SLR - July 2014 - Christopher Schroeder
Computed Tomography of the Ankle in Full Plantar Flexion: A Reliable Method for Preoperative Planning of Arthroscopic Access to Osteochondral Defects of the Talus
Reference: van Bergen CJ, Tuijthof GJ, Blankevoort L, Mario M, Kerkhoffs GM and van Dijk CN.
Computed Tomography of the Ankle in Full Plantar Flexion: A Reliable Method for Preoperative Planning of Arthroscopic Access to Osteochondral Defects of the Talus. The Journal of Arthroscopic and Related Surgery, 2012-07-01, Volume 28, Issue 7, Pages 985-992.
Scientific Literature Review
Reviewed By: Christopher M. Schroeder, DPM
Residency Program: Forest Hills Hospital North Shore LIJ Forest Hills, New York
Podiatric Relevance: Osteochondral defects of the talus involve the articular cartilage and subchondral bone, and are usually located in the central or posterior third of the medial or lateral talar dome. Primary surgical treatment is arthroscopic debridement and microfracture. Access to the defect is restricted by the tibal plafond. To gain exposure to the OCD the foot must be put into maximum plantar flexion. Some defects located in the posterior aspect can become challenging to gain access due to location of the defect or limited range of motion. Accurate preoperative planning will assist the surgeon in choosing whether anterior arthroscopy or another surgical approach would be appropriate. CT scanning is the preferred preoperative planning. CT scanning is normally performed with the ankle joint in a platargrade position, but is different from the plantar-flexed ankle on anterior ankle arthroscopy. CT in a full plantar-flexed positioning simulating the arthroscopic position represents the boney morphology with the arthroscopic measurements for preoperative planning. The article hypothesized the location of the OCD in relation to the anterior distal tibial rim on CT scan of a fully plantar-flexed ankle would correlate with the location as measured during anterior ankle arthroscopy.
Methods: Prospective study with patients that were 18 years of age with suspected and diagnosed OCD of the talus were included. CT scans of the affected ankle in both plantigrade and fully plantar-flexed positions were obtained with the use of a metal-free 3-demensional footplate. The accessibility of the OCD was defined by the distance between the anterior border of the OCD and the anterior distal tibial rim. The distance was measured on sagittal CT reconstructions and compared with anterior ankle arthroscopy as the reference standard. Measurements were taken from the anterior border of the OCD (most anterior point of the boney lesion) and the anterior distal tibial rim. All patients where placed in a supine position and anteromedial and anterolateral portals were created at the level of the joint line. A 4-mm, 30 degree arthroscope was used and the anterior border of the defect was identified and marked with an arthroscope hook. The surgeon then measured the anteroposterior distance between the anterior border of the OCD and the anterior distal tibial rim with the patient’s ankle in full plantar flexion. In more difficult cases a portion or entire defect as removed to gain more exposure and then measured. The intraobserver and interobserver reliability of the CT measurements was analyzed by computation of intraclass correlation coefficients and systematic differences with 95 percent confidence intervals. The correlation of CT and arthroscopic measurements was analyzed by the Pearson correlation coefficient. A scatter plot and linear regression analysis were used to analyze the relation between CT and arthroscopy.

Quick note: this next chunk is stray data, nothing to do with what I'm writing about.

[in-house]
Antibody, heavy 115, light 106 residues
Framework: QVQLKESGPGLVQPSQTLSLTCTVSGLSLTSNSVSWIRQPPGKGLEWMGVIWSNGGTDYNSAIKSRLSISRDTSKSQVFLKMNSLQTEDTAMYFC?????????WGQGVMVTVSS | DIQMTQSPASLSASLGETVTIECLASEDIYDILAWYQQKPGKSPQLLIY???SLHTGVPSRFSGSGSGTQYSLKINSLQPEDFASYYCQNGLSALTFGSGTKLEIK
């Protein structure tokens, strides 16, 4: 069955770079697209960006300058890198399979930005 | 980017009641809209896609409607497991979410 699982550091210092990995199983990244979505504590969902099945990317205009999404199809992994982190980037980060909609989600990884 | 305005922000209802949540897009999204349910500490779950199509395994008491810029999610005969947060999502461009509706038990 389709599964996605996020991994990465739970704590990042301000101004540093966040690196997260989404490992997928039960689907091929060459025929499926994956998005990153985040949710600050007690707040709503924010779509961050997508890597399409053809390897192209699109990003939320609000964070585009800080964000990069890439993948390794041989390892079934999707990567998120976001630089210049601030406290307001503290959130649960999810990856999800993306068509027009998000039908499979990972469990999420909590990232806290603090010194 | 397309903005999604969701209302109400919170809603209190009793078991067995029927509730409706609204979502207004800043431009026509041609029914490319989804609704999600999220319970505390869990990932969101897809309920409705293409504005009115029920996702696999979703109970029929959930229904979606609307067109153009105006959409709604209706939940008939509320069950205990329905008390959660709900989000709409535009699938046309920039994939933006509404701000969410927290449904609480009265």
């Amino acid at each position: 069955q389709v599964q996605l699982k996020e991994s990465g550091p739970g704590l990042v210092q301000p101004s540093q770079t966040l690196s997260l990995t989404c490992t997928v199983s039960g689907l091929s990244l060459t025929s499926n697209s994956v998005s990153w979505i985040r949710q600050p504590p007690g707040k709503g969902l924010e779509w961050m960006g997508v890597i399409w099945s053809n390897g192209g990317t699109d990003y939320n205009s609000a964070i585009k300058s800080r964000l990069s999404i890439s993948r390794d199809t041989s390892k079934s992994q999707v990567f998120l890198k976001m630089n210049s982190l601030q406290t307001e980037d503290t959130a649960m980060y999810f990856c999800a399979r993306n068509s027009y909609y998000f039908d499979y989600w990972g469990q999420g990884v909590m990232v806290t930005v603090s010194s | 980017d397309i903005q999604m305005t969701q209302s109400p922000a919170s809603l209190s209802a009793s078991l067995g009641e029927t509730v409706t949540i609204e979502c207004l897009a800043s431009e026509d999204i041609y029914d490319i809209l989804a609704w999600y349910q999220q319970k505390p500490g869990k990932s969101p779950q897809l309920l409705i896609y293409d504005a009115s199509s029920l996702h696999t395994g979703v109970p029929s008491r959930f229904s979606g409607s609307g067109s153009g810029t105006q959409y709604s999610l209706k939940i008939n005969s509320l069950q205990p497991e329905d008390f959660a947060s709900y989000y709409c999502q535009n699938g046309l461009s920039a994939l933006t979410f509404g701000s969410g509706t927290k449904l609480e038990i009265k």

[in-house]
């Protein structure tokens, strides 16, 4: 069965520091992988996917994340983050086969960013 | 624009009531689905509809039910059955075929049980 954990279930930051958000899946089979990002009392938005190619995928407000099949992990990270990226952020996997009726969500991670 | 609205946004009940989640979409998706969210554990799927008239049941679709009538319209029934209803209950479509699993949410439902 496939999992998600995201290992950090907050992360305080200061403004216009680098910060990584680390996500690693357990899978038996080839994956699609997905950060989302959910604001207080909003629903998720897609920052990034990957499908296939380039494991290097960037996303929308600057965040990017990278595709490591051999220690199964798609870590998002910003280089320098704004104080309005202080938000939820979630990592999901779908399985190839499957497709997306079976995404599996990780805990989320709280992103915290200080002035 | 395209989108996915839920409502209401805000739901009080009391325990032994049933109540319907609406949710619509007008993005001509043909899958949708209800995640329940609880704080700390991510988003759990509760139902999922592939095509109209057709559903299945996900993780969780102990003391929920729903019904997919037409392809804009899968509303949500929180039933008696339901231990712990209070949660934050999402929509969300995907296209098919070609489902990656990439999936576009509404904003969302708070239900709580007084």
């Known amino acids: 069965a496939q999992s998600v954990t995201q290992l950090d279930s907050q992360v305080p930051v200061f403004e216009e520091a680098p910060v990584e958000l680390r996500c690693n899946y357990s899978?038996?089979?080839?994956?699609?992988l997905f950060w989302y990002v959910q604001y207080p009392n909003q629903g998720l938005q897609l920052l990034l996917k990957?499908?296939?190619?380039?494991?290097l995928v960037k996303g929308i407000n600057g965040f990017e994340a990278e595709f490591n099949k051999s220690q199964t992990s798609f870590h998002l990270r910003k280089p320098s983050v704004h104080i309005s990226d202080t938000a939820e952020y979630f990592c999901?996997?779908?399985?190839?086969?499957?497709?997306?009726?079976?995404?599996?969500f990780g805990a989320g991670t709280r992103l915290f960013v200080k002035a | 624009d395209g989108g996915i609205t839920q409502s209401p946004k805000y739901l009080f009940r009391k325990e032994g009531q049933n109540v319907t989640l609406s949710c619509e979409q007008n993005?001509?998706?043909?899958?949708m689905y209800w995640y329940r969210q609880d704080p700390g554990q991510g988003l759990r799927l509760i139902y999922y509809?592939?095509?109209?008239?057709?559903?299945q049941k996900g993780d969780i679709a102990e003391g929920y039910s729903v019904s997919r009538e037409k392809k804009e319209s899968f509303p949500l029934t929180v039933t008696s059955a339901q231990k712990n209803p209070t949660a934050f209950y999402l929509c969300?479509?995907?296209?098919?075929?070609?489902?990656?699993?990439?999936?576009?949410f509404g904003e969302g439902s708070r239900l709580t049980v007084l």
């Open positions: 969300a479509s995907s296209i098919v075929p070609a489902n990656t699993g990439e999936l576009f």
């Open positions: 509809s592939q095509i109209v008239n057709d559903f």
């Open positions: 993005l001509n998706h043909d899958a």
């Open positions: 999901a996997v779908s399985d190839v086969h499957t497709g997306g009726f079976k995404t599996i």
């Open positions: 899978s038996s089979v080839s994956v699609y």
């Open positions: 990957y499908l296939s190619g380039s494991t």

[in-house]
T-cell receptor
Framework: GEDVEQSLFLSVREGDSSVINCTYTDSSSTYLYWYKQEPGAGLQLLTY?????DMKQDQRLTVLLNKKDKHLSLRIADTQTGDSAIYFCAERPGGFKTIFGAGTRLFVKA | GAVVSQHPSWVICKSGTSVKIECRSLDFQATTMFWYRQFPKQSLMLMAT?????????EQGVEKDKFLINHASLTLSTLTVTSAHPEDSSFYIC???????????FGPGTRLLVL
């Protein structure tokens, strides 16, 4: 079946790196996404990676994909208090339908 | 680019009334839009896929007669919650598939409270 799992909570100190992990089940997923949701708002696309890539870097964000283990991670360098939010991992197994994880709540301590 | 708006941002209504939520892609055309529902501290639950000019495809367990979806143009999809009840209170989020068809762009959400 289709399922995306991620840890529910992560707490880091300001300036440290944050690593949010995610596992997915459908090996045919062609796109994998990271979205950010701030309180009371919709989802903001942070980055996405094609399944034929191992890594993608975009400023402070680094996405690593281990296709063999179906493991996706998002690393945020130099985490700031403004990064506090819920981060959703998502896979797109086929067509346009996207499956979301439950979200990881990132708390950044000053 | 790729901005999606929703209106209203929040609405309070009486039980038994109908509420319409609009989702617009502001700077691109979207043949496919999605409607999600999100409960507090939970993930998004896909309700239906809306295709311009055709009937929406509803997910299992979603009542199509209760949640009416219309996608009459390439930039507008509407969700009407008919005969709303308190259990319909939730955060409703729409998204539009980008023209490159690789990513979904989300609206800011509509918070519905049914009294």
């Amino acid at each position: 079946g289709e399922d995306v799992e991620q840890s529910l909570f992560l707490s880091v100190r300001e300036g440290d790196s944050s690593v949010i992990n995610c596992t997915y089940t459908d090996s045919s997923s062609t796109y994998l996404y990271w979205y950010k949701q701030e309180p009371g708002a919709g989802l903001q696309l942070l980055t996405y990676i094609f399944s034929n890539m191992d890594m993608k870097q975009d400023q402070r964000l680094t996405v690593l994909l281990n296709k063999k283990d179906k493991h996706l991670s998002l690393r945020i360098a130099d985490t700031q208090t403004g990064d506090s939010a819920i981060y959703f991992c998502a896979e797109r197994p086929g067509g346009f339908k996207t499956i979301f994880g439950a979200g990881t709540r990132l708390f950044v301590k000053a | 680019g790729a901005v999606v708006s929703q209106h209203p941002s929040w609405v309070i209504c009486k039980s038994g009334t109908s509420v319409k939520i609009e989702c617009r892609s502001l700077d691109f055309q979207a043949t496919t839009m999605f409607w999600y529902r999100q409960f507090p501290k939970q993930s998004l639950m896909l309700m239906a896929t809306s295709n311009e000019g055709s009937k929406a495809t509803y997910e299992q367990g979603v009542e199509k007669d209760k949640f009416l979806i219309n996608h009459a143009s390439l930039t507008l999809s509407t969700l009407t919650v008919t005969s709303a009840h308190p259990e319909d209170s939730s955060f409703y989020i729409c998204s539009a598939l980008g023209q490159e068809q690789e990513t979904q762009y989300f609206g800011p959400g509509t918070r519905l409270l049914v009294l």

Results: Twenty consecutive patients, 17 men and three women, with a mean age of 33 years, which included 10 left and 10 right ankles were analyzed. Mean degree of plantar flexion was 42 degrees. OCD lesion locations: 10 centromedial talar dome, four posteromedial, three centrolateral, one posterolateral, one anteriolateral and one centrocentral. Both intraobserver and interobserver reliability was excellent (ICC, 0.998 and 0.997, respectively; P < .001). The intraobserver systematic difference was not statistically significant (mean, 0.051 mm, 95 percent CI, -0.061 to 0.15mm), but there was a significant interobserver systemic difference (mean, 0.37 mm; 95 percent CI, 0.24 to 0.50 mm, P < .001). There was an excellent correlation (r = 0.975, P < .001) between CT and arthroscopy. There was no statistically significant systematic difference (mean, 0.36 mm; 95 percent CI, -0.051 to 0.77).
Conclusions: Measurements on CT scans of the ankle in full plantar flexion are a reliable and accurate preoperative method to determine the in situ arthroscopic location of talar OCDs. There was only one patient with a difference between CT and arthroscopy greater then 2.0 mm. The intraobserver and the interobserver reliability of measurement on CT was excellent. There was no statistically significant intraobserver systematic difference. However, the interobserver systematic difference was 0.37 mm. This difference is so small that it may not be clinically relevant.